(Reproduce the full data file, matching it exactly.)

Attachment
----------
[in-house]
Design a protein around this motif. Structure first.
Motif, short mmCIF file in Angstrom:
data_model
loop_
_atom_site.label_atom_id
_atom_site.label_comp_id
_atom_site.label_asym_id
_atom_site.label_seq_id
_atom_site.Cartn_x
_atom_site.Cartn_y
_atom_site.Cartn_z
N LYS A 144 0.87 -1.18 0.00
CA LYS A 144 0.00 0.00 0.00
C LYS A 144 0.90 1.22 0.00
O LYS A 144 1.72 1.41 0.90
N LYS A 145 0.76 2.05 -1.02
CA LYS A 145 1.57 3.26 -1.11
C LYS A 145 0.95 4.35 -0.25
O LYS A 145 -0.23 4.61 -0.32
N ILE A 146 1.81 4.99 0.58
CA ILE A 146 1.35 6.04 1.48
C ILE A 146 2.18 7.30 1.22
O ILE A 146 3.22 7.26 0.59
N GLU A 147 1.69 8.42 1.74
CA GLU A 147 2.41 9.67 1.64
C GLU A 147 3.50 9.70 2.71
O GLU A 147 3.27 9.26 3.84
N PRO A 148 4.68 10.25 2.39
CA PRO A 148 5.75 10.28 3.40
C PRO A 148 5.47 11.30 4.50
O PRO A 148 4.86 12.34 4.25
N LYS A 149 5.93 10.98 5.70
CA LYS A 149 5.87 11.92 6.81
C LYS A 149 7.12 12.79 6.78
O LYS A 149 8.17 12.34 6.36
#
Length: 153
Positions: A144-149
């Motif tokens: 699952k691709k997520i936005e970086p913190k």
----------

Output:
[in-house]
Design a protein around this motif. Structure first.
Motif, short mmCIF file in Angstrom:
data_model
loop_
_atom_site.label_atom_id
_atom_site.label_comp_id
_atom_site.label_asym_id
_atom_site.label_seq_id
_atom_site.Cartn_x
_atom_site.Cartn_y
_atom_site.Cartn_z
N LYS A 144 0.87 -1.18 0.00
CA LYS A 144 0.00 0.00 0.00
C LYS A 144 0.90 1.22 0.00
O LYS A 144 1.72 1.41 0.90
N LYS A 145 0.76 2.05 -1.02
CA LYS A 145 1.57 3.26 -1.11
C LYS A 145 0.95 4.35 -0.25
O LYS A 145 -0.23 4.61 -0.32
N ILE A 146 1.81 4.99 0.58
CA ILE A 146 1.35 6.04 1.48
C ILE A 146 2.18 7.30 1.22
O ILE A 146 3.22 7.26 0.59
N GLU A 147 1.69 8.42 1.74
CA GLU A 147 2.41 9.67 1.64
C GLU A 147 3.50 9.70 2.71
O GLU A 147 3.27 9.26 3.84
N PRO A 148 4.68 10.25 2.39
CA PRO A 148 5.75 10.28 3.40
C PRO A 148 5.47 11.30 4.50
O PRO A 148 4.86 12.34 4.25
N LYS A 149 5.93 10.98 5.70
CA LYS A 149 5.87 11.92 6.81
C LYS A 149 7.12 12.79 6.78
O LYS A 149 8.17 12.34 6.36
#
Length: 153
Positions: A144-149
């Motif tokens: 699952k691709k997520i936005e970086p913190k």